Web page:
[Contents]

1  A Fluid has Pressure Everywhere

It is important to realize that in fluids (including water and air) there is pressure everywhere. Pressure is not something that happens only when the fluid hits a tangible surface.

Yes, pressure is force per unit area. But we can get a more sophisticated notion of pressure if we restate that as momentum flow across the area.

Force is just momentum flow. (The net force is the momentum flow from A to B minus the momentum flow from B to A.)

Pressure is just one contribution to the momentum flow. There are other contributions to the momentum flow, notably from the shear viscosity and the bulk viscosity. We will not have much to say about viscosity, except to say: (a) It is trickier than you might imagine to give a simple, non-mathematical way of distinguishing pressure from bulk viscosity effects; the simple explanations are not correct, and the correct explanations are not simple. (b) There are many practical situations where the effects of viscosity are small compared to other effects, especially when we are interested in large objects moving quickly through ordinary not-especially-viscous fluids.

Temporarily, for simplicity, let’s assume the viscosity is very small, and talk only about pressure.

Figure 1 shows three different cases, i.e. three different ways that momentum can be carried from parcel A to parcel B. All three ways are called pressure.

Figure 1: Pressure, ± Piston ± Collisions

In each case, have some gas in a box. The trajectory of one gas particle is shown in red. The trajectory of another gas particle is shown in blue. The box itself is shown in black. Everything is in equilibrium. The pressure in the top of the box is less than the pressure in the bottom of the box, because a gravitational field is acting on the gas. Gravity is causing a downward force on the gas particles, as you can see from the fact that the trajectories are not straight but rather parabolic everywhere (except for collisions).

The gas is in equilibrium because the gravitational force is balanced by an upward force due to the pressure gradient, as we now discuss.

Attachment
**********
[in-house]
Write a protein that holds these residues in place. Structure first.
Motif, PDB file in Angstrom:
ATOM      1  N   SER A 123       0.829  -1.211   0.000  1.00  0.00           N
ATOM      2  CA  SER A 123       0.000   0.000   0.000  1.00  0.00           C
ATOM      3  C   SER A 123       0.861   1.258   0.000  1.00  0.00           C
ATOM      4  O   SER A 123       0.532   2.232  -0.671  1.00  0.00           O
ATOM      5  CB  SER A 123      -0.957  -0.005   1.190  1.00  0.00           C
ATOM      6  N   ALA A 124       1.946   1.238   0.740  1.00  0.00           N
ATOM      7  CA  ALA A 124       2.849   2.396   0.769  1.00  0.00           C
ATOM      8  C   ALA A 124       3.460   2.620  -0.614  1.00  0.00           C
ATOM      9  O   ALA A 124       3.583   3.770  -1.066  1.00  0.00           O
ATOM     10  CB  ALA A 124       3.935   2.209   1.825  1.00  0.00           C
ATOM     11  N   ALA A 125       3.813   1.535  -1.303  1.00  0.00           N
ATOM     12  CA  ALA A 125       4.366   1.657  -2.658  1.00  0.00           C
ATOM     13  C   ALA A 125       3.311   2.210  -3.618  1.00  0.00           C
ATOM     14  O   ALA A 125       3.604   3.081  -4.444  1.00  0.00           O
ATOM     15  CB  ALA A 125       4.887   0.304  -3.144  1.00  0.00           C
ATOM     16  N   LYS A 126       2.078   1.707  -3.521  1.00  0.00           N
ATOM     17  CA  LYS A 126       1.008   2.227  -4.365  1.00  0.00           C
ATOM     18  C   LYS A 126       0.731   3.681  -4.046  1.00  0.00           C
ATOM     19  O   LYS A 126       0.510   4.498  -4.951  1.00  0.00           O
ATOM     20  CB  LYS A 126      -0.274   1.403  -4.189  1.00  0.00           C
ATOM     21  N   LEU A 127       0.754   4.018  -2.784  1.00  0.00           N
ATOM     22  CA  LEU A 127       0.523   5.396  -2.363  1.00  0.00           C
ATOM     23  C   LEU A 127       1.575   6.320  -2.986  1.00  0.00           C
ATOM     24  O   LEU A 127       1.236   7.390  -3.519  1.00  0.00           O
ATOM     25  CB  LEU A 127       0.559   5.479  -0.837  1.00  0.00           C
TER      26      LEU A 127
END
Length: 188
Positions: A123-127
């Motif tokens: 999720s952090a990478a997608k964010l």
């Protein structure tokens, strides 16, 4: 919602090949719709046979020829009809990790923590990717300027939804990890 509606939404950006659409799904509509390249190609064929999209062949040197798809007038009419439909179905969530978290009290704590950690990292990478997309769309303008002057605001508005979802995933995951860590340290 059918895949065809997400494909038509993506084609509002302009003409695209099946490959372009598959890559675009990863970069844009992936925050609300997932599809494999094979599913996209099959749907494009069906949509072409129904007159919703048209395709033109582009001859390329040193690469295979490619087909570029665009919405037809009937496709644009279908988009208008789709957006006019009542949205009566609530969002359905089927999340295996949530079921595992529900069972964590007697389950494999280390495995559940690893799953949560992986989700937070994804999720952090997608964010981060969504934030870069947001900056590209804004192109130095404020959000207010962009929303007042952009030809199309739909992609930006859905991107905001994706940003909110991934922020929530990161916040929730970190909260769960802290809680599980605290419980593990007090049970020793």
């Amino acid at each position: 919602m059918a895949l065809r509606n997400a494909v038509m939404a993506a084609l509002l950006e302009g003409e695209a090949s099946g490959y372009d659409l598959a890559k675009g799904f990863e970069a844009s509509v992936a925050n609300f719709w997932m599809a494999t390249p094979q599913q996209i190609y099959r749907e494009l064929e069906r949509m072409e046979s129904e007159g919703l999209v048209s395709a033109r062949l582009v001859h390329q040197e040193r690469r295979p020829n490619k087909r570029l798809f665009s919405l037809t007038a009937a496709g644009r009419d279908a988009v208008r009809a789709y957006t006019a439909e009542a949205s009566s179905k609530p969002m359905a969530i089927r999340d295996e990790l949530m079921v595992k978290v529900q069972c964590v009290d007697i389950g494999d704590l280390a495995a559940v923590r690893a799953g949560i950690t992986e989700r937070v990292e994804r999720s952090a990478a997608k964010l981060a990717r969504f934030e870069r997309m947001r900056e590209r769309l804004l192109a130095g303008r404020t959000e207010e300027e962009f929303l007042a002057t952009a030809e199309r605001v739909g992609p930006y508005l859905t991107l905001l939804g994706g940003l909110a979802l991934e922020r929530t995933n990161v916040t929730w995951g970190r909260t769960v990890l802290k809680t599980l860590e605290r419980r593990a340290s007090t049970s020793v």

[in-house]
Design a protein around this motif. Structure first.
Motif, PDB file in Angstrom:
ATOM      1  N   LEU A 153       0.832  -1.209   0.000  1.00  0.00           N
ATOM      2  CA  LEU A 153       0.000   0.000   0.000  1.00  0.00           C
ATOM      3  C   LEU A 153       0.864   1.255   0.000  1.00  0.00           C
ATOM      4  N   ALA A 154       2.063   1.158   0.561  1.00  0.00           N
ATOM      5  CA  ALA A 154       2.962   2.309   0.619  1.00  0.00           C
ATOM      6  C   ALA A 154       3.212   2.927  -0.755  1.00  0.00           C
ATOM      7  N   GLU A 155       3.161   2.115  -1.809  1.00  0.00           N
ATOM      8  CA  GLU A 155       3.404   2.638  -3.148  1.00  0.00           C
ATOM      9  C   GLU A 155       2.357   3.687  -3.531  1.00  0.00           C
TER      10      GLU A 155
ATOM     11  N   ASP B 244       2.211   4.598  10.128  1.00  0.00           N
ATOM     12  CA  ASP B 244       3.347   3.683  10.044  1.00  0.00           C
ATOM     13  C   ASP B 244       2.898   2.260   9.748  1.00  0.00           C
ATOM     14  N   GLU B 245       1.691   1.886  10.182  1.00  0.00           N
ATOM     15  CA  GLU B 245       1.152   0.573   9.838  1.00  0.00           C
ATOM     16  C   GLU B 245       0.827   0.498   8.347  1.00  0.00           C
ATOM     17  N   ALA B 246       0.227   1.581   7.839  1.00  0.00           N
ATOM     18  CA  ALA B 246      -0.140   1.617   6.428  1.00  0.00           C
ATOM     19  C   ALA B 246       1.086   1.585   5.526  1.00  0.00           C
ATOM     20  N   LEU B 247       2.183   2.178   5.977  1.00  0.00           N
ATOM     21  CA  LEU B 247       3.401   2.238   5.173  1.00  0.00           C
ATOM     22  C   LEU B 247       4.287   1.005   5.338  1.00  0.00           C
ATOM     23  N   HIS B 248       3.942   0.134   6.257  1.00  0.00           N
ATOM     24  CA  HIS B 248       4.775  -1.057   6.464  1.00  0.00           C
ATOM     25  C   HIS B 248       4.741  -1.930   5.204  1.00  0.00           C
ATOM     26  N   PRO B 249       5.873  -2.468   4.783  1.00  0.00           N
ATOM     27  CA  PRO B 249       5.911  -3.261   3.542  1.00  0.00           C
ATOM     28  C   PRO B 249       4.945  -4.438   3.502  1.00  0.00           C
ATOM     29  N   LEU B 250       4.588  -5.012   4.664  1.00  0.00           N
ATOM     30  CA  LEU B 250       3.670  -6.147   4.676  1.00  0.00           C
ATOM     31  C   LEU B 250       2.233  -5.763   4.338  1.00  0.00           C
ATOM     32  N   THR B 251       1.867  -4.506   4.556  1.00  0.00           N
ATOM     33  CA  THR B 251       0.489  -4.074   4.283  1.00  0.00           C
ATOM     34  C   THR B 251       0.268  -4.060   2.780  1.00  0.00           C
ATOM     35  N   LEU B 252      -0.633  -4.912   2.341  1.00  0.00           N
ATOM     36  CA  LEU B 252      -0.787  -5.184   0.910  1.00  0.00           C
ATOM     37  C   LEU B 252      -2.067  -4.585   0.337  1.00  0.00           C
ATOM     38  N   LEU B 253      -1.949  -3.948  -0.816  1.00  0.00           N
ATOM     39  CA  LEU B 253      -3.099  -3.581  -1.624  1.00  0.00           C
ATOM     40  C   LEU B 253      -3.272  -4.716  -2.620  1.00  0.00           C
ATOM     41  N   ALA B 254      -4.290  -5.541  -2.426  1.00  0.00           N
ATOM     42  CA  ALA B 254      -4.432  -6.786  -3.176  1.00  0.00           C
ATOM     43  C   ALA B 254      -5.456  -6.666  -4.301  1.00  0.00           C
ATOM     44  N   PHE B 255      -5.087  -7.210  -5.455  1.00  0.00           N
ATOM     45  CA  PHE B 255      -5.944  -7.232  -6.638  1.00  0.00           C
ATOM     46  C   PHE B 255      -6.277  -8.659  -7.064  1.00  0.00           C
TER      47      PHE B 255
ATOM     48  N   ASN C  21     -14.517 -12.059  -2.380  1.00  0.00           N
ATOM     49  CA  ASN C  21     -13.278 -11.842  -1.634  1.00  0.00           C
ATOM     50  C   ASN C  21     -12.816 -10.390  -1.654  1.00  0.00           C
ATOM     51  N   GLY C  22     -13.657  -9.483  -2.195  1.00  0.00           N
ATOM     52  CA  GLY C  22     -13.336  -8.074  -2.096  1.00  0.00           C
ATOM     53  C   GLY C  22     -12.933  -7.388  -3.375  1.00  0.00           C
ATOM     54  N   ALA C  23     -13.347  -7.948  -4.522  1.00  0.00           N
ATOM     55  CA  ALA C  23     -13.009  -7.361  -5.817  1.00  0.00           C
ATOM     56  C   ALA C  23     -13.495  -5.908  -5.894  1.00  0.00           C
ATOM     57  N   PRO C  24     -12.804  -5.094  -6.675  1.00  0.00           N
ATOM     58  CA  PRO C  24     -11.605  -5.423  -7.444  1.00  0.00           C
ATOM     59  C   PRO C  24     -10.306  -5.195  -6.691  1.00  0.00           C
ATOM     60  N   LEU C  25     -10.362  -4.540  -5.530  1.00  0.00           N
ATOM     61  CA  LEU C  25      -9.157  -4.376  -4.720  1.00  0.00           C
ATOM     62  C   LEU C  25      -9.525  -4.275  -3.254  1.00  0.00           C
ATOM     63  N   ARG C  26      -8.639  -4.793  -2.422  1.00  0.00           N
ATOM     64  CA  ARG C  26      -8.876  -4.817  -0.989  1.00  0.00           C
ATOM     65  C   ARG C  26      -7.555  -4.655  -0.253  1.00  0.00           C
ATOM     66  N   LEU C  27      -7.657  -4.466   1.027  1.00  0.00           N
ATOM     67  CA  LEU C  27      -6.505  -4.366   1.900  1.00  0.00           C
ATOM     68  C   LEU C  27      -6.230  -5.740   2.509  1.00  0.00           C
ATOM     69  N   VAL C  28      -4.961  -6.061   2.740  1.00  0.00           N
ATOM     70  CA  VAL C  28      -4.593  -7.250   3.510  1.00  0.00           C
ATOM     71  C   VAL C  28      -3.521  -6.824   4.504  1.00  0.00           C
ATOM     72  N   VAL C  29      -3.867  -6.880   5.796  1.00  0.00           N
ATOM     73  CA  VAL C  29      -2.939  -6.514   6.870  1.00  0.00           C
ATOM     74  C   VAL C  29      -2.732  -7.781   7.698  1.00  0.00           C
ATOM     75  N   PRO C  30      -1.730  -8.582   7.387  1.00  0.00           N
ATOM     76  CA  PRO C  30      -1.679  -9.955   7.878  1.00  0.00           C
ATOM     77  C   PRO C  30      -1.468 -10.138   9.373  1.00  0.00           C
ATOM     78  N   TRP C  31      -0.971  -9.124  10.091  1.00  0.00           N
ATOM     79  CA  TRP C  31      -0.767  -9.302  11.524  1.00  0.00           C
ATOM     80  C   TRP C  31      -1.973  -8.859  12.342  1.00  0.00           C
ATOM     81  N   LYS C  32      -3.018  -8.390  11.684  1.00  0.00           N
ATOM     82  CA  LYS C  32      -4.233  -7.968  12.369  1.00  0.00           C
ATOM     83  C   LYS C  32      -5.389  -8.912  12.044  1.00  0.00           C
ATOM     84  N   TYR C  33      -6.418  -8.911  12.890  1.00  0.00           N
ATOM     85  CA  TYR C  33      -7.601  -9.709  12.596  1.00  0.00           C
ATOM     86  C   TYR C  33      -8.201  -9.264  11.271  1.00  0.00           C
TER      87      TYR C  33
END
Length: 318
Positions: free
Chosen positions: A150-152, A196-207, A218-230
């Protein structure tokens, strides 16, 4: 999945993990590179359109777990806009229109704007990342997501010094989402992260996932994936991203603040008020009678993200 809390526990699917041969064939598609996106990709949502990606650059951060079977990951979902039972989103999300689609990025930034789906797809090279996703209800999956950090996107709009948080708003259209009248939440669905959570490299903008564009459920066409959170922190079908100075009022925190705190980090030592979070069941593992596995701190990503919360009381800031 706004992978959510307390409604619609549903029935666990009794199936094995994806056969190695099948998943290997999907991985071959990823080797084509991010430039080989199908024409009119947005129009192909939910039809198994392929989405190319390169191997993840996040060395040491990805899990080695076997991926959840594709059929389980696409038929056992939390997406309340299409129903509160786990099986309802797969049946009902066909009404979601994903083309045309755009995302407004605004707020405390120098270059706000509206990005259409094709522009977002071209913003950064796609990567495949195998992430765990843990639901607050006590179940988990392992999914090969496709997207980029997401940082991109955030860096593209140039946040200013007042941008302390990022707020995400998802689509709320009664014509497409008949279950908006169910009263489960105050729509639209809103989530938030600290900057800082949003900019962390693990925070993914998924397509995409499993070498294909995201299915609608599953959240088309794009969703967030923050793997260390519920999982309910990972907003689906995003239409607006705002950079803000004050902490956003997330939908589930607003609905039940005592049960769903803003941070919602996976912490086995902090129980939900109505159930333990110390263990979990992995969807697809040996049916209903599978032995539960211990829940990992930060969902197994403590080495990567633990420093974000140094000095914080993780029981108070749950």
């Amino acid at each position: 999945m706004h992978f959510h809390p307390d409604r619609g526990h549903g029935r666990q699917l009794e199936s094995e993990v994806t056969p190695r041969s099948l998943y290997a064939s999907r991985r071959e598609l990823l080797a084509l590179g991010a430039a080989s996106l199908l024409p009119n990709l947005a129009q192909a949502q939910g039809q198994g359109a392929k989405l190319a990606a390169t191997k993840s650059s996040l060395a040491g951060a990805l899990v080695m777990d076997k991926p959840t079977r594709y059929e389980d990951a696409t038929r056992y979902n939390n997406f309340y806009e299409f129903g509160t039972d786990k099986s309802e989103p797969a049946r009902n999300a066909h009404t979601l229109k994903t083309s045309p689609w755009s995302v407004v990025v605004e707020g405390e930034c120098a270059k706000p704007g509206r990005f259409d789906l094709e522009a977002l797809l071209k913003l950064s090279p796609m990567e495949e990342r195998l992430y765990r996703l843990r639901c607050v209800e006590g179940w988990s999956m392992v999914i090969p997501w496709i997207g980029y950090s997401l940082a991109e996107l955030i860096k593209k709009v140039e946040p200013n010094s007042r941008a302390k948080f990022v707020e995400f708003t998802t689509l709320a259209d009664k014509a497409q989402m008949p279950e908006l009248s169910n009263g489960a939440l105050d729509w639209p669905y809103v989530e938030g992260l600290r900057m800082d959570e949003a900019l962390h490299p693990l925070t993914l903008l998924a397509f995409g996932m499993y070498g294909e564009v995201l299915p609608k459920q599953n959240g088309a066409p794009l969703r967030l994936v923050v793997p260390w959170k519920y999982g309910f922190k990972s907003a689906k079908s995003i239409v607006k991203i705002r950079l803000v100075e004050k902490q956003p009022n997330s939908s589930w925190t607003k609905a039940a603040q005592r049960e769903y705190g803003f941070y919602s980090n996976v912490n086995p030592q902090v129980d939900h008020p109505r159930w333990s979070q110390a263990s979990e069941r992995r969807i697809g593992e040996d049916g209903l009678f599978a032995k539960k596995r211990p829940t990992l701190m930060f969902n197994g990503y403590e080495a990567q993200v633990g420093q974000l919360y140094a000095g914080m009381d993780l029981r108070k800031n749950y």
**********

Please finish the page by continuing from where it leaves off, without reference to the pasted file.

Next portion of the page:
In the left third of the diagram, there is a piston in the box. There is no net force on the piston, because the force due to the blue particle hitting the bottom of the piston is balanced by the force of the red particle hitting the top of the piston. Even though the net force is zero, there is some flow of momentum, i.e. stress. There is a downward flow of downward momentum (or equivalently an upward flow of upward momentum).

In the middle third of the diagram, momentum is being transferred in a different way. There are two places where the blue particle hits the red particle, transferring momentum across the boundary between top and bottom. The boundary is intangible, but it is still a boundary. This momentum transfer is called pressure, even though there is no tangible surface for the pressure to act upon.

On the right third of the diagram, the piston is absent and even the collisions are absent. The two particles don’t collide – they just fly past each other. The momentum flow is the same! It is still true that the pressure in the bottom is larger because of gravity, and it is still true that momentum is being transferred from bottom to top because of the pressure gradient.

In all three cases, one particle or the other turns around when it collides with the bottom of the box. This this collision is how pressure acts on the bottom surface. Also in all three cases, one particle or the other turns around near the top of the box due to gravity, without hitting the top of the box. That represents the fact that at the top of the box there is very little pressure. In all cases the net effect of all the collisions can be summarized as a transfer of momentum from the gravitational field to the bottom of the box.

This notion of "flow" is central to what we mean by conservation; see reference 1.

Momentum flow is how you derive the equations of fluid dynamics; see reference 2.

All this generalizes beautifully to D=3+1 spacetime; see reference 3 Chapter 5.

Disclaimer: It is usually better to think of a fluid as a continuous fluid with macroscopic properties such as pressure, temperature, viscosity, et cetera ... rather than as a collection of individual particles. The macroscopic properties are ultimately derivable from the particle dynamics, as we have done here, but the derivation is laborious and error-prone, so don’t go there unless you really need to.

In macroscopic terms, our results can be stated quite simply: the fluid has pressure everywhere, not just when it acts on a tangible surface. The force on a small parcel of fluid depends on the gradient of the pressure.